For those of us raised in immigrant households, navigating life through two (or more) cultures can be very confusing. This in-between experience may be hard to share with others because it's often difficult to find people who may be able to relate. Here are some things that you've definitely experienced if you're the child of immigrants.
1. Talking to important people in behalf of your parents
Your parents made you talk to their doctors or internet service providers because they didn't know how to say what they wanted to say. Chances are, you didn't know how to translate some of that stuff so you just hoped you guessed right.
2. The "you're the reason we came to America" guilt trip
It's one type of hurt when your parents tell you they're disappointed in you. It's a whole different level of hurt when they tell you that they threw their whole lives away to come to this country and give you a better shot at life and you disappointed them. Not to mention, our "when I was your age" talk goes more like, "when I was your age growing up in ___".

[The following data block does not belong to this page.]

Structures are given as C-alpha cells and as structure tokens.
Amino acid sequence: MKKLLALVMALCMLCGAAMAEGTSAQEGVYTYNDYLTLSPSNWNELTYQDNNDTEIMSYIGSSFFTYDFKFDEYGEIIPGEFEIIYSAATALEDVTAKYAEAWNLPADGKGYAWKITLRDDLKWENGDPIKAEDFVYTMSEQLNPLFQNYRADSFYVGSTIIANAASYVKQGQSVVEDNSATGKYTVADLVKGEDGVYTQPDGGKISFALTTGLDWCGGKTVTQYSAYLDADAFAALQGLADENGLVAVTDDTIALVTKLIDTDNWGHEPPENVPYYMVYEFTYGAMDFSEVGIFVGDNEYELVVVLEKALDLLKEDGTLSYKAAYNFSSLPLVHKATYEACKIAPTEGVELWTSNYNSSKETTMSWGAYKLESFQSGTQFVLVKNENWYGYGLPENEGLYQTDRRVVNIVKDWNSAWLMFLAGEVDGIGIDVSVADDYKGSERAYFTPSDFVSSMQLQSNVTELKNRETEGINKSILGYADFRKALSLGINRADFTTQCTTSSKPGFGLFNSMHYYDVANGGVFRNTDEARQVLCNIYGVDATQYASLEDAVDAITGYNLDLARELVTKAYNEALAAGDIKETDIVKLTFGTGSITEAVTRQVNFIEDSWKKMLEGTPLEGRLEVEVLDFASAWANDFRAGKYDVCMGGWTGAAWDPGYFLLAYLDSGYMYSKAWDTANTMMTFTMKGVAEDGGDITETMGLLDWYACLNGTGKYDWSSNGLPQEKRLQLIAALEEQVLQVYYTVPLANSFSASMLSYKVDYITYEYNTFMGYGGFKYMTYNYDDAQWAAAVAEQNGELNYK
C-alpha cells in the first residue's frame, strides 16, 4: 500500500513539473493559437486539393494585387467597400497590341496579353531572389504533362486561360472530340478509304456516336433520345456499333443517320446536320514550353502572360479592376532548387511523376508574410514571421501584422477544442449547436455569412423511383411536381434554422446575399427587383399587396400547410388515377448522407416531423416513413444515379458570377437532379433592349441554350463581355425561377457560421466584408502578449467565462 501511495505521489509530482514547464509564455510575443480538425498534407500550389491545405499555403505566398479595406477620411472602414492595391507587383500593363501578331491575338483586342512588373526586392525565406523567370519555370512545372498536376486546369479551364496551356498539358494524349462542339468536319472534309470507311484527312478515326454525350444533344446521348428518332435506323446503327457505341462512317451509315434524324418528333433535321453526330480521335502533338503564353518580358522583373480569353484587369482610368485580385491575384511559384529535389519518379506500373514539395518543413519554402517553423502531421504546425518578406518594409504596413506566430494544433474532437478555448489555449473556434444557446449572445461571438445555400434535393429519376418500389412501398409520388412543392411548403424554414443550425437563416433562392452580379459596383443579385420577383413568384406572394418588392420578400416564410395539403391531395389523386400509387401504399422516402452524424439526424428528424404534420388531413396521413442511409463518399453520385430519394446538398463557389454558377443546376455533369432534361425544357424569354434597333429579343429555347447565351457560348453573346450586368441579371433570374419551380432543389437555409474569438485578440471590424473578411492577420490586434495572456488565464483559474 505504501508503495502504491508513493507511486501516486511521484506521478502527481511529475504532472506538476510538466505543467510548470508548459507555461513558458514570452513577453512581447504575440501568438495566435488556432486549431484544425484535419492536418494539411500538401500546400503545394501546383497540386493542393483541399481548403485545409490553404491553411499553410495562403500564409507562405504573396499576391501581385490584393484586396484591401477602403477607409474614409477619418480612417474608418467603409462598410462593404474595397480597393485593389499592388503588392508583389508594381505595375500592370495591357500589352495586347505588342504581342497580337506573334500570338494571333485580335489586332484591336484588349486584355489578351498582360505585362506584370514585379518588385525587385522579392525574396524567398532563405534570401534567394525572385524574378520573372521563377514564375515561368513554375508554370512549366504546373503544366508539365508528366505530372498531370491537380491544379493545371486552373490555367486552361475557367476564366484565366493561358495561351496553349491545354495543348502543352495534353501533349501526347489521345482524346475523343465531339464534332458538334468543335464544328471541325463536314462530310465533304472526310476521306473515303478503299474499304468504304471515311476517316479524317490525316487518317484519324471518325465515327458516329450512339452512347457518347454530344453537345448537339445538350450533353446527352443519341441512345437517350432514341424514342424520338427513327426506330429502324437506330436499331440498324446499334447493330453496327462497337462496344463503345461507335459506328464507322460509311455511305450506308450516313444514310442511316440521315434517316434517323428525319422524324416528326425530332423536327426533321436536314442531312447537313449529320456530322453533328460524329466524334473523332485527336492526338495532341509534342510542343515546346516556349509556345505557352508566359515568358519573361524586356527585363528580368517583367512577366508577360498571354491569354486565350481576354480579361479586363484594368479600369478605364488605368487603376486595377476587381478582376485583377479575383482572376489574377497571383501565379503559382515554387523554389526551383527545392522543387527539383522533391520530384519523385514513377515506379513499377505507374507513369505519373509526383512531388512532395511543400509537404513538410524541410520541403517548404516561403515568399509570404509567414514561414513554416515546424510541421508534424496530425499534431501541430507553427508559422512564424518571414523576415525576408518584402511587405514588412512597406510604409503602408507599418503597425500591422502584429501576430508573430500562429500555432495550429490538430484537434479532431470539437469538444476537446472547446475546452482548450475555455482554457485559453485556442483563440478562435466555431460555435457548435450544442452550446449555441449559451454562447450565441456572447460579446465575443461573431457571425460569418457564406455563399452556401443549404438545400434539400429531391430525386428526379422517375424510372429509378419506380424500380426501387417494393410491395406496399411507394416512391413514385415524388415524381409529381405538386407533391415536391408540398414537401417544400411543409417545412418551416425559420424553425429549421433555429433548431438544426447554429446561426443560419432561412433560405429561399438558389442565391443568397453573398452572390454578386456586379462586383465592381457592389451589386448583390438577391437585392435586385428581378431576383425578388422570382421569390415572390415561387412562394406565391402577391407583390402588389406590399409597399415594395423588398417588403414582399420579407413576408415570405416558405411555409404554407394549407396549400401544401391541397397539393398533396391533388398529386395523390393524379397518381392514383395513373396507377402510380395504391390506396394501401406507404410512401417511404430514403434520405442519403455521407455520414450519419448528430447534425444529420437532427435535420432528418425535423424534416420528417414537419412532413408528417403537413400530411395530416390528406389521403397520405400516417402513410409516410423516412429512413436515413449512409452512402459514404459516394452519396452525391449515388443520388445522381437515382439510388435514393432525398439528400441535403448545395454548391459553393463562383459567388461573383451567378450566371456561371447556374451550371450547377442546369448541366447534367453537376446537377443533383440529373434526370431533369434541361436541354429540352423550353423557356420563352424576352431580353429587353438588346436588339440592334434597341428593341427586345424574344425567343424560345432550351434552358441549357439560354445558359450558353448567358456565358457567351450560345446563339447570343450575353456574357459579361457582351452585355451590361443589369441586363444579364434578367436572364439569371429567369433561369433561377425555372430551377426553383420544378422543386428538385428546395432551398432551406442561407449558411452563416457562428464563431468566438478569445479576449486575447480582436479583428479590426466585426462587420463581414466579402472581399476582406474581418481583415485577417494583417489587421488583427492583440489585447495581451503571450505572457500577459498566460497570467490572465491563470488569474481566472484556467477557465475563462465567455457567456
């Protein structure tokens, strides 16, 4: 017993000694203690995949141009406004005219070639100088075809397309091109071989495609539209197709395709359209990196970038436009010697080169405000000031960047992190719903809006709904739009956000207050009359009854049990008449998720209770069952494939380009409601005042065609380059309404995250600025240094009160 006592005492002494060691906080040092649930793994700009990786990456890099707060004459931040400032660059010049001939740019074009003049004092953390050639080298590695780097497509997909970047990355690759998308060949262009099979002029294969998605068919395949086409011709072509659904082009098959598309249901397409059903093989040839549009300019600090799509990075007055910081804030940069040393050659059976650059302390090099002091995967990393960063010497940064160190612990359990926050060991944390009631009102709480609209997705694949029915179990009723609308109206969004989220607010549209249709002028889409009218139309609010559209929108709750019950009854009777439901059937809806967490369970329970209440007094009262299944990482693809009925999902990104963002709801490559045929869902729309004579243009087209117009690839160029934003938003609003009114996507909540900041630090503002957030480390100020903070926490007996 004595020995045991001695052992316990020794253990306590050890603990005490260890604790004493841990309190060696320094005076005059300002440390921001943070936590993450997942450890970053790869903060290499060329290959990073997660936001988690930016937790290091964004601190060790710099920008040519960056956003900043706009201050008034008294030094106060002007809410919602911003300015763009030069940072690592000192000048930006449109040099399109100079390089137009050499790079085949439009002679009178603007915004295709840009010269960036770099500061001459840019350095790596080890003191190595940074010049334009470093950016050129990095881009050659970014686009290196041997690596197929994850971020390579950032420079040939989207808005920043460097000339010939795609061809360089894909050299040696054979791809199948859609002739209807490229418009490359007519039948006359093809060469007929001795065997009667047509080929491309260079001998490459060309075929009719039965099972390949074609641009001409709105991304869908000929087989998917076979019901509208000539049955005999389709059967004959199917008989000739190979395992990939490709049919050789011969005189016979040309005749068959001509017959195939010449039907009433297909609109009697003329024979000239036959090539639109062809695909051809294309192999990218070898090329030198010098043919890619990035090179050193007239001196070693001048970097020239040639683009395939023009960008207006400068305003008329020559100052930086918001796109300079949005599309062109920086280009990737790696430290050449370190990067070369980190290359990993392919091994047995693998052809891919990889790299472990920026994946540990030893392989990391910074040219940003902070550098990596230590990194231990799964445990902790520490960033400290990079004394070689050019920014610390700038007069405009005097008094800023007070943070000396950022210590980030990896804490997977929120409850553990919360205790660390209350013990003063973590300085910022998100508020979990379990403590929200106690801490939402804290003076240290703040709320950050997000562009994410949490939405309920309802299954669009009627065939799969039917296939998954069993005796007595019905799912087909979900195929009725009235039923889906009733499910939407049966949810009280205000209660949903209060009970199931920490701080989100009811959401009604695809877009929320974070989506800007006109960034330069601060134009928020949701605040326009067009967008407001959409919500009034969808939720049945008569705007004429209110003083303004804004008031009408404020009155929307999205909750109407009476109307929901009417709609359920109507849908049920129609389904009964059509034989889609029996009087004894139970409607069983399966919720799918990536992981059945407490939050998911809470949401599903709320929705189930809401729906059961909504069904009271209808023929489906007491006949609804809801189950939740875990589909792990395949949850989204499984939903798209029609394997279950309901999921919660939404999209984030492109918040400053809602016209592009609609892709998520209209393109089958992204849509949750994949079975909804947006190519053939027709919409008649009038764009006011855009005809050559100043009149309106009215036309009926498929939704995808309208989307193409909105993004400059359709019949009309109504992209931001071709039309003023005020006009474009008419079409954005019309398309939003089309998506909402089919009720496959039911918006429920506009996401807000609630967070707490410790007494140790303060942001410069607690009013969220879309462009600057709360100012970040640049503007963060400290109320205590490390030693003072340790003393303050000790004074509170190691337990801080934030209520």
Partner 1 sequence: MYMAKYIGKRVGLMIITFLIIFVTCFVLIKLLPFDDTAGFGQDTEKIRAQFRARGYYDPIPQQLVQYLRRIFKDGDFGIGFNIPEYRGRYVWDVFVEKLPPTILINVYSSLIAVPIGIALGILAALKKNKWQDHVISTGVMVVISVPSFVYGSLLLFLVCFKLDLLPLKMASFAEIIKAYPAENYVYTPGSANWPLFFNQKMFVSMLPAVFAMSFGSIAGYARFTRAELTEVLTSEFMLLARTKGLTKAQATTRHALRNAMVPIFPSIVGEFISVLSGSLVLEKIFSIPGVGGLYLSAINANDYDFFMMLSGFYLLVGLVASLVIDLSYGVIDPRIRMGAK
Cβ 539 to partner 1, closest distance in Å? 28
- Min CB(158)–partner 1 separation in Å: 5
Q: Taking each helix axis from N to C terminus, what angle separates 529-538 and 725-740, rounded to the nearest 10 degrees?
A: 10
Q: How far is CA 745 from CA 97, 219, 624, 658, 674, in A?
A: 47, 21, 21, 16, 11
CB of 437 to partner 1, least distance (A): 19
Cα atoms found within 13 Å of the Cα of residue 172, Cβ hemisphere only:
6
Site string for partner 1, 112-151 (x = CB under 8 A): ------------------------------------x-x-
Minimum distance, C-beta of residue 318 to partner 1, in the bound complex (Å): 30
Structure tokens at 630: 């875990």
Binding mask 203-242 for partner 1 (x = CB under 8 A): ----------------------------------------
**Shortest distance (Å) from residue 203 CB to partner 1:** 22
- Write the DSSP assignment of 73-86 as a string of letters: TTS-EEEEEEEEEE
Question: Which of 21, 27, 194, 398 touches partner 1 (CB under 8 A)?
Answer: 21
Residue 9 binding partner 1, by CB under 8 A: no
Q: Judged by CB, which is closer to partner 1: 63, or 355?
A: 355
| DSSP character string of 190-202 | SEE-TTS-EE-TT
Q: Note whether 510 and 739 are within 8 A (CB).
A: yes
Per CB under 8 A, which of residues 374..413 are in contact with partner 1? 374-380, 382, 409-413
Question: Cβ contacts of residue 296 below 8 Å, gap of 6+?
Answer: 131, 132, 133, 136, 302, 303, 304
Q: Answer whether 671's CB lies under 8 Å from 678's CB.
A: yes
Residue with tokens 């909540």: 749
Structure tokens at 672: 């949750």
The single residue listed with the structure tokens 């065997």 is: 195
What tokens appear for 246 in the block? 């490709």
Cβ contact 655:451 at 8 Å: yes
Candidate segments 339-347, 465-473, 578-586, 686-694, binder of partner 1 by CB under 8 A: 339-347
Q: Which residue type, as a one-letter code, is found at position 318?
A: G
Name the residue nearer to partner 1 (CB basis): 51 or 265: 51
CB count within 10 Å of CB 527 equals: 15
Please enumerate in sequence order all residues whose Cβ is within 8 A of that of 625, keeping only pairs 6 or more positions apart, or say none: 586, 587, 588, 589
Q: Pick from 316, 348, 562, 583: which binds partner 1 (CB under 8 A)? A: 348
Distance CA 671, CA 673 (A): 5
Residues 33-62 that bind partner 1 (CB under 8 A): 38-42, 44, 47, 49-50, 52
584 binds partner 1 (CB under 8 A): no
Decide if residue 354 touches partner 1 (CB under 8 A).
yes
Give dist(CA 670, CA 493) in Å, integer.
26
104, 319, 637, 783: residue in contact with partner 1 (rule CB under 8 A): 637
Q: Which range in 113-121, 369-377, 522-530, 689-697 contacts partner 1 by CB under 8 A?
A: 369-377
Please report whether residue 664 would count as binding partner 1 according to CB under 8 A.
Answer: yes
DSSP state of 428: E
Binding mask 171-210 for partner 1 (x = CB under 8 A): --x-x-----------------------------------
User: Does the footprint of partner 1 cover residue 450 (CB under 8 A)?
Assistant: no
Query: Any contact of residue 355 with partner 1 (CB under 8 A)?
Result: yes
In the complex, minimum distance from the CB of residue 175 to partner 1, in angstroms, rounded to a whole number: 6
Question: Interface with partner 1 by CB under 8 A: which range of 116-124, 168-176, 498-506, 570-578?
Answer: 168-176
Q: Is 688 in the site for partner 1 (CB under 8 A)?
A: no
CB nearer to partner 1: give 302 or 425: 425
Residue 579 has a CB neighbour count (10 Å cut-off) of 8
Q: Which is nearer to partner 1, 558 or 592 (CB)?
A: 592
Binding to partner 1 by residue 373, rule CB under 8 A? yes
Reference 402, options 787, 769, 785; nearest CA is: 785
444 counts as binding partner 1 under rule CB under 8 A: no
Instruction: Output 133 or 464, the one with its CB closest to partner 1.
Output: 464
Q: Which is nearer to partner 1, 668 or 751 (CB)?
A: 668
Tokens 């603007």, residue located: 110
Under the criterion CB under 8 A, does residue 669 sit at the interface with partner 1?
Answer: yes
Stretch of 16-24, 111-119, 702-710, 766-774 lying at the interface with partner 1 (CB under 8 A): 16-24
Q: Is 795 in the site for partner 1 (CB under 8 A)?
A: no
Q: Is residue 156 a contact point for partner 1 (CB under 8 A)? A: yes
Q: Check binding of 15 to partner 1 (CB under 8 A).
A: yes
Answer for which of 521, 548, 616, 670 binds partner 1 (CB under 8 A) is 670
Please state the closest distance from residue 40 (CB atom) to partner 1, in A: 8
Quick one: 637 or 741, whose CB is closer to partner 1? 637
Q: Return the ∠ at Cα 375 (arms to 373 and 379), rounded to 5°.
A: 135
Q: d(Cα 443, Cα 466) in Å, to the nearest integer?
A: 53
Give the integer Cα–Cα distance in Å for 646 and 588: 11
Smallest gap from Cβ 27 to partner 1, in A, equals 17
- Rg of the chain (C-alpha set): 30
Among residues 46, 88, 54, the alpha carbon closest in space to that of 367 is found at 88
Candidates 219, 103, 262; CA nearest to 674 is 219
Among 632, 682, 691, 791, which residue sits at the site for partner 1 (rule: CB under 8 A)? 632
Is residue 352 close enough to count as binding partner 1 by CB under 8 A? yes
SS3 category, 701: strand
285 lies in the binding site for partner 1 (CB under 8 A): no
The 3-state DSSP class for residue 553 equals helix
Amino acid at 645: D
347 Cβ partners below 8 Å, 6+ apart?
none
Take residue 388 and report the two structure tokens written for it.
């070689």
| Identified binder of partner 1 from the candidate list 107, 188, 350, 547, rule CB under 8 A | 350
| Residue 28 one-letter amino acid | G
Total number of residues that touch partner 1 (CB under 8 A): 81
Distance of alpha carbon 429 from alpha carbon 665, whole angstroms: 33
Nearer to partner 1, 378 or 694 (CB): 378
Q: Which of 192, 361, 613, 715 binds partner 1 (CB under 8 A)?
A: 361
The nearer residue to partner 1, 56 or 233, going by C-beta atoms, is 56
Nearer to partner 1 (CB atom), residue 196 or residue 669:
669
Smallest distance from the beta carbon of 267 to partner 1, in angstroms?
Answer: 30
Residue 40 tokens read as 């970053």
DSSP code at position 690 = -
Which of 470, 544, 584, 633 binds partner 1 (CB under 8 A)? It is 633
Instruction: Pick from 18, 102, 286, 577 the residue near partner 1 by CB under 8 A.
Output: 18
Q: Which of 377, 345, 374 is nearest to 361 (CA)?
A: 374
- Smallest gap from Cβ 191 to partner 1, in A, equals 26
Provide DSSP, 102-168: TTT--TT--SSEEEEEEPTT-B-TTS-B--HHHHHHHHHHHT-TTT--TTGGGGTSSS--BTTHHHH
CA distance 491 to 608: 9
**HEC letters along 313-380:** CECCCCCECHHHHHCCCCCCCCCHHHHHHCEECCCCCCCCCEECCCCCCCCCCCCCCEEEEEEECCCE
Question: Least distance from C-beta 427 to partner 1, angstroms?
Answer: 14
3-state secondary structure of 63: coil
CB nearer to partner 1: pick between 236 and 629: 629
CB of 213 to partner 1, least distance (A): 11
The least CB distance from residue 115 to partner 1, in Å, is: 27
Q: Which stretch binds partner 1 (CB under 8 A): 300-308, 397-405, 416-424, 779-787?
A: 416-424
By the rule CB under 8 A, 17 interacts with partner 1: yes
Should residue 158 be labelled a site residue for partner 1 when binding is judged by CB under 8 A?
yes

3. Getting your languages jumbled
Sometimes you know how to say something in your native tongue but not in English or vice versa and it's a struggle trying to explain it!
4. Letting your parents know days in advance if you have plans
Oh, what? Today? No, I can't hang out today. You have to let me know a week in advance. No, it doesn't matter how old I am, she said no.
5. Adulthood is not independence
Generally, American values tend to say that you are truly an adult once you can handle complete autonomy when it comes to taking care of yourself and living by yourself. However for immigrant families, adulthood is not leaving the nest but taking over the nest. For us, adulthood is defined by when we can take care of our parents and take the workload off their shoulders.
Although these may seem very foreign or even extreme to non-first generation kids, this is our life for better or worse.